Extreme Networks is a longtime data center networking provider of switches, routers, programmable ASICs, Wi-Fi, cloud management and automation to its more than 50,000 customers.

The company pushed more innovation to the edge last year with its ExtremeCloud SD-WAN platform, which gives customers one platform to securely connect to their data center, campus and branch locations.

Additional features let customers automate tasks related to provisioning new sites and services, which lowers deployment time by 90 percent.

Extreme Networks uses machine learning, artificial intelligence, analytics and automation for 50,000 customers globally who rely on its end-to-end, cloud-driven networking solutions and services.

Chris Downie, CEO
Headquarters: Charlotte, N.C., and Denver

Last year Flexential added 54 megawatts of capacity to uber popular data center destination Hillsboro, Ore., which expands its total capacity for that region to 100 megawatts.

The company is also finding success in the market with its FlexAnywhere product, a hybrid IT offering that leverages the cloud, even as it grows its traditional data center footprint.,

Flexential has grown its low-latency, high-performance hybrid cloud capabilities at three data center sites in Charlotte, N.C.; Nashville, Tenn.; and Louisville, Ky.

Google Gloud
Thomas Kurian, CEO
Headquarters: Mountain View, Calif.

One of the largest of the hyperscalers, Google Cloud has consistently been a top three global spender on building new data centers every year. Google Cloud brought in $7.3 billion during the most recent quarter, an increase of about 30 percent year over year. The company spent nearly $10 billion on data center construction last year, including opening a $750 million data center in Omaha, Neb. Google Cloud is also building the Equiano subsea cable that will connect Africa to Europe.

Hewlett Packard Enterprise
Antonio Neri, President, CEO
Headquarters: Spring, Texas

HPE is one of the world’s leading providers of virtual and physical data center infrastructure. HPE GreenLake for Red Hat OpenShift Container Platform delivers self-service management of containers across edge, data center and hybrid cloud environments.

In storage, HPE’s newest Nimble-based Alletra 6000 array offers support for VMware vRealize Orchestrator and vRealize Operations Manager.

The success of consumption-based data center offerings via HPE GreenLake contributed to the company’s $28.5 billion in revenue last year. HPE is doubling down on edge computing, as-a-service and supercomputing this year.

Hitachi Vantara
Gajen Kandiah, CEO
Headquarters: Santa Clara, Calif.

Hitachi Vantara’s Smart Data Center end-to-end offering combines advanced data center analytics, artificial intelligence and automation alongside its storage or hyperconverged infrastructure.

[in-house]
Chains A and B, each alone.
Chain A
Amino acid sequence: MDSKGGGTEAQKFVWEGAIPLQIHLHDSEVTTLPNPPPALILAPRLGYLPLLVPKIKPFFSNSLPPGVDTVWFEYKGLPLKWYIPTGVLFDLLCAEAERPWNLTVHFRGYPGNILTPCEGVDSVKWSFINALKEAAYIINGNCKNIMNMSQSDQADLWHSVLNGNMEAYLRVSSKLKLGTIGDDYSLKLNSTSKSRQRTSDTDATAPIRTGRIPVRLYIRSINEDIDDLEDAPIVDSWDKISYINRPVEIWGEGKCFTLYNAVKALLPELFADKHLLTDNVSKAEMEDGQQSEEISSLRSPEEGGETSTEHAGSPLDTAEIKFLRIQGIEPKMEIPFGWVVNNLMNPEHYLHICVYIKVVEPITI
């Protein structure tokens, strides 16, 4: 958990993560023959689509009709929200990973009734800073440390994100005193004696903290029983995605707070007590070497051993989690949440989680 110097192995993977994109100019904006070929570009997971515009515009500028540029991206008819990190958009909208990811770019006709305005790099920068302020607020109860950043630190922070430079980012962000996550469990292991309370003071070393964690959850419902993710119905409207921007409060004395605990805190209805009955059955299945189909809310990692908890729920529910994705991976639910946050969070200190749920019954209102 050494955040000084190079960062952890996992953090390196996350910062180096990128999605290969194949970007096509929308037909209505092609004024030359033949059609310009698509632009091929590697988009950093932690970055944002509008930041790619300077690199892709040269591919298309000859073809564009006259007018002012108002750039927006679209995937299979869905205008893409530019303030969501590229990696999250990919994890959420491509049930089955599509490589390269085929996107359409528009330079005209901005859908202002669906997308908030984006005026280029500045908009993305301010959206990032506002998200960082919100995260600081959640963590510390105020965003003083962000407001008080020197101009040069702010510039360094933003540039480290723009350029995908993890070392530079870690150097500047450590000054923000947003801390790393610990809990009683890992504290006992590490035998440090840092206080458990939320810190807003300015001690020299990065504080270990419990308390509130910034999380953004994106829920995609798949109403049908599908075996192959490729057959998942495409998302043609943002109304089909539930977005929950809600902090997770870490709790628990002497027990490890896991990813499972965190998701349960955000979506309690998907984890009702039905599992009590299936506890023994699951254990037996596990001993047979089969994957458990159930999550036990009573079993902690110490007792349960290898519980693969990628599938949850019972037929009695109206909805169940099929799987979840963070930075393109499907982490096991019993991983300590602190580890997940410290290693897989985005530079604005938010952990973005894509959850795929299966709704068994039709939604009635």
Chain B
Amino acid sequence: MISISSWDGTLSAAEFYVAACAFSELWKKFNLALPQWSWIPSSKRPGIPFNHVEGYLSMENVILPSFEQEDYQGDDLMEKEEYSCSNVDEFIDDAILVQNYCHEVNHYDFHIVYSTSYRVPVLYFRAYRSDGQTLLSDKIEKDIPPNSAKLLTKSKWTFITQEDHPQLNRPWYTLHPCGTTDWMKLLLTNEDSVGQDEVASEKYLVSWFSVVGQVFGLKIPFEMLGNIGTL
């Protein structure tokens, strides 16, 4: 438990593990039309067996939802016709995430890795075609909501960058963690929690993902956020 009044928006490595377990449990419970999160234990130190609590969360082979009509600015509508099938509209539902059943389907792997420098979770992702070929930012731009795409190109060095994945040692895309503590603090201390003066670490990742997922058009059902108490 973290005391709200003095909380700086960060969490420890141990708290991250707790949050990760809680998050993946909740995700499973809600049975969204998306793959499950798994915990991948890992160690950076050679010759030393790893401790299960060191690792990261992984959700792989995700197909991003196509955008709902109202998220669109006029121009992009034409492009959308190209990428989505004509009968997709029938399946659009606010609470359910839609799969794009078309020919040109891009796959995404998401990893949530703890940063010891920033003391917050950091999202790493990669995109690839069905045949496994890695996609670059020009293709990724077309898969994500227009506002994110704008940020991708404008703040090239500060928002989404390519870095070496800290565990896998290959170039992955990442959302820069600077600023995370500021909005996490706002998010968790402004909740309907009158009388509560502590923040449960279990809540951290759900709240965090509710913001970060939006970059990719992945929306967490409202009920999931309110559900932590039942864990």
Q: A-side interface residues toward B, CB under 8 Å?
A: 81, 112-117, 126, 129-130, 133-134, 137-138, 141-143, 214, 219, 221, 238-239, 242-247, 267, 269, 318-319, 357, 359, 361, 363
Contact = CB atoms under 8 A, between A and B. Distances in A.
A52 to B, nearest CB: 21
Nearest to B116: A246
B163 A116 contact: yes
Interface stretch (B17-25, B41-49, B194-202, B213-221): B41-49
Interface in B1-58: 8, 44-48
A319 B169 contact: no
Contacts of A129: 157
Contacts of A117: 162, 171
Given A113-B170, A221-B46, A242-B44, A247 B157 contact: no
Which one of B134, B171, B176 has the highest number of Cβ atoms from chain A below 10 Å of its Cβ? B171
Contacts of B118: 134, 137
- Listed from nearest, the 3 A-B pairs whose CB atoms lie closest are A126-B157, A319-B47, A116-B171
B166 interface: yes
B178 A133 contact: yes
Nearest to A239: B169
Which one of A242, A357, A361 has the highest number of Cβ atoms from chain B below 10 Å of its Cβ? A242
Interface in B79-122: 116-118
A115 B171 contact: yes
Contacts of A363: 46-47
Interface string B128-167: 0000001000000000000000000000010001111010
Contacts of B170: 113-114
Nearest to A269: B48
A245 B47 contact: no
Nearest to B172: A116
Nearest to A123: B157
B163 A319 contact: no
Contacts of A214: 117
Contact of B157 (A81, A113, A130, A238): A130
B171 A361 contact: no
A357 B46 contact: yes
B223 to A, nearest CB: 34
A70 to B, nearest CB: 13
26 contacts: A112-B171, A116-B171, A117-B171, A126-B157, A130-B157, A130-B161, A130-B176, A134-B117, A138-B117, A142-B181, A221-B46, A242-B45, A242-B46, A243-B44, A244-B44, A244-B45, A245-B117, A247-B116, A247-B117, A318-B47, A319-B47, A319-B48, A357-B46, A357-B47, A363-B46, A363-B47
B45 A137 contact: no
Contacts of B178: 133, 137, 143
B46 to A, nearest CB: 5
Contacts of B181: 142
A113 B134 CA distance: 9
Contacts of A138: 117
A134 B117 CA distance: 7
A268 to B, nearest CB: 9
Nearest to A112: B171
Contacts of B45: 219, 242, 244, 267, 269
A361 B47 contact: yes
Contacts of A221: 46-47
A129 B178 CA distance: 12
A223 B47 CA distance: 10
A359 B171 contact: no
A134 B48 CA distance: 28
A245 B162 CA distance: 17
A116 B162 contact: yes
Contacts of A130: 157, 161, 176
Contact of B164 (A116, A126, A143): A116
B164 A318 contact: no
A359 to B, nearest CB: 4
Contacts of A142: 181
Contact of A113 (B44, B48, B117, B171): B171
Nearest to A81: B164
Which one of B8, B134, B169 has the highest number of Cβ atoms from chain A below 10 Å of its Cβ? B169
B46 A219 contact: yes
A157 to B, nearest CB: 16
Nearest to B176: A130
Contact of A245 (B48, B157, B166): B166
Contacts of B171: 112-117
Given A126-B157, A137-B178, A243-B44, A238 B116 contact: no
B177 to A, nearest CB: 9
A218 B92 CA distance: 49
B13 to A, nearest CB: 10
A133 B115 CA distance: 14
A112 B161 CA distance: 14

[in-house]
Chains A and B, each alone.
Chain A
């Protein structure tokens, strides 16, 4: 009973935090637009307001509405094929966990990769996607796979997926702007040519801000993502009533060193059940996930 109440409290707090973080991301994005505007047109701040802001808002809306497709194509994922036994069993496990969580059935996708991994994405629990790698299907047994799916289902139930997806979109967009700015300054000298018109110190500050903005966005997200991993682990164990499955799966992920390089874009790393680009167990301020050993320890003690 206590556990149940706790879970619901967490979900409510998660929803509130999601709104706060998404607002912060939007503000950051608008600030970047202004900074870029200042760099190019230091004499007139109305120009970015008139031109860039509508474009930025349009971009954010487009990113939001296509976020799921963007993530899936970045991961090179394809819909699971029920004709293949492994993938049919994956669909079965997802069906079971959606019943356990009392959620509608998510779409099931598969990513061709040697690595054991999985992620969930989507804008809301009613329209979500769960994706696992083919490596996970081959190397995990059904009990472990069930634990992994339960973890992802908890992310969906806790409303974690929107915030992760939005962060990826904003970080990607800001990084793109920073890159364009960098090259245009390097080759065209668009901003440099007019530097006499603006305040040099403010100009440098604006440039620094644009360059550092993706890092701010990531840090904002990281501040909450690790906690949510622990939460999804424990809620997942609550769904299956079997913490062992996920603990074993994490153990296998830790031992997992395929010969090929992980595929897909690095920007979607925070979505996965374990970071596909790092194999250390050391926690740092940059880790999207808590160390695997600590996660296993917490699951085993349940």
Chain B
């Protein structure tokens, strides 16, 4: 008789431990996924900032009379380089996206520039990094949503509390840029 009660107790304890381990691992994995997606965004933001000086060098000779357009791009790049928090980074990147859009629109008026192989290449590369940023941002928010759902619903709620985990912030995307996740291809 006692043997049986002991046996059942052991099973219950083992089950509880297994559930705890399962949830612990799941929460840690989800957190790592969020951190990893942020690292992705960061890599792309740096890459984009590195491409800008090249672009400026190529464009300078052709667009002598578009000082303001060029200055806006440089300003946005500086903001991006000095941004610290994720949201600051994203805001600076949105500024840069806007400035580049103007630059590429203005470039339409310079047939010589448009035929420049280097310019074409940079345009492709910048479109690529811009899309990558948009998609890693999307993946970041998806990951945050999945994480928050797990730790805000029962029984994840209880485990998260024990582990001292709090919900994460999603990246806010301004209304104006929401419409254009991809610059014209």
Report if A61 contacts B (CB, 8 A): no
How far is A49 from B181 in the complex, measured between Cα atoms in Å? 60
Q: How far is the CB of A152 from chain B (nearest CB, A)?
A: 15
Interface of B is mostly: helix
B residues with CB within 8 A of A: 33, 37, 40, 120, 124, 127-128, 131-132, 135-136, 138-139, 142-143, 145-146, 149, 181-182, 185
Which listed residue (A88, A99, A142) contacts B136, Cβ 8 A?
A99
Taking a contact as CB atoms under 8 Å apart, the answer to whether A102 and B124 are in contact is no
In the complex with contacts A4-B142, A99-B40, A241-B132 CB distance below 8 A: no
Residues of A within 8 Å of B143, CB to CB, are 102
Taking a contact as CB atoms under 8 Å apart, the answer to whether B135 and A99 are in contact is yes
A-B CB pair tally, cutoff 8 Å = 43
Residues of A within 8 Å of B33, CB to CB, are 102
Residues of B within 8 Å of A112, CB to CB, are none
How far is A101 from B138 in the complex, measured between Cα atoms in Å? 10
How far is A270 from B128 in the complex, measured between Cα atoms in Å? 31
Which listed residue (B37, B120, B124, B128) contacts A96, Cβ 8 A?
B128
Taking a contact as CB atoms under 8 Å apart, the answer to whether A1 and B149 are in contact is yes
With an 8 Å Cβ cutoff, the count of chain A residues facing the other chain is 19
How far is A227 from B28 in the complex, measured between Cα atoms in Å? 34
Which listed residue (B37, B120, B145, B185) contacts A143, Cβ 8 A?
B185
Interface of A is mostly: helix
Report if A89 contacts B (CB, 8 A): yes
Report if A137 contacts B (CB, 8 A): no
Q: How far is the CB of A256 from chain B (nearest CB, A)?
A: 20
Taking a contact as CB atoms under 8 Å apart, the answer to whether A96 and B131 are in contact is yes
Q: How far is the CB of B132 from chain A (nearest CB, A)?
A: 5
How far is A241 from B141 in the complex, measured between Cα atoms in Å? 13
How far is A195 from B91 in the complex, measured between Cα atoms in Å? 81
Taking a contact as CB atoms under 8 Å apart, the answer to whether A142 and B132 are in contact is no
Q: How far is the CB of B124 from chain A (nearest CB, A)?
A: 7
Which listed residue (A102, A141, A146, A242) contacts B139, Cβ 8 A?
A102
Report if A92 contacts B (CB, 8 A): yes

The Hitachi Virtual Storage Platform E series offers high-end features including cluster storage for backup and recovery to midrange storage systems. The VSP E series has an identical storage operating system as the one used by Hitachi Vantara‘s enterprise customers who need low latency, high IOPS and more bandwidth but meets the budget requirements of midsize companies.

Arvind Krishna, Chairman, CEO
Headquarters: Armonk, N.Y.

The IBM Cloud network has more than 46 data centers across nine regions and 27 availability zones globally. Each of IBM’s clouds is built for local access, low latency and certified security.

IBM Cloud has advanced hardware products as well, including a beta offering of Intel’s Sapphire Rapids 48-core, 2.1GHz CPU. IBM Cloud Bare Metal Servers are certified to support SAP HANA and SAP NetWeaver workloads. IBM also offers several choices about where and how data and workloads run as well as several other data center products.

Pat Gelsinger, CEO
Headquarters: Santa Clara, Calif.

Intel’s server processors got stronger this year with the introduction of the fourth-generation Xeon Scalable chips, code-named Sapphire Rapids. The chips give customers an average of 2.9 times increase in performance and performance-per-watt efficiency compared with the prior generation. They also provide customers with total cost of ownership improvements ranging up to 66 percent, depending on the workload.

The chips have been a staple in the data center market for decades. Intel sells memory and storage capacity for data centers with its Intel Optane portfolio, as well as Ethernet network adapters, controllers and programmable switch products. Intel expects to soon complete a deal it unveiled last year to buy Israeli chipmaker Tower Semiconductor for $5.4 billion.

Juniper Networks
Rami Rahim, CEO
Headquarters: Sunnyvale, Calif.

Juniper Networks is coming off a very strong year for its data center business and said it expects to see artificial intelligence driving more business to Juniper data centers.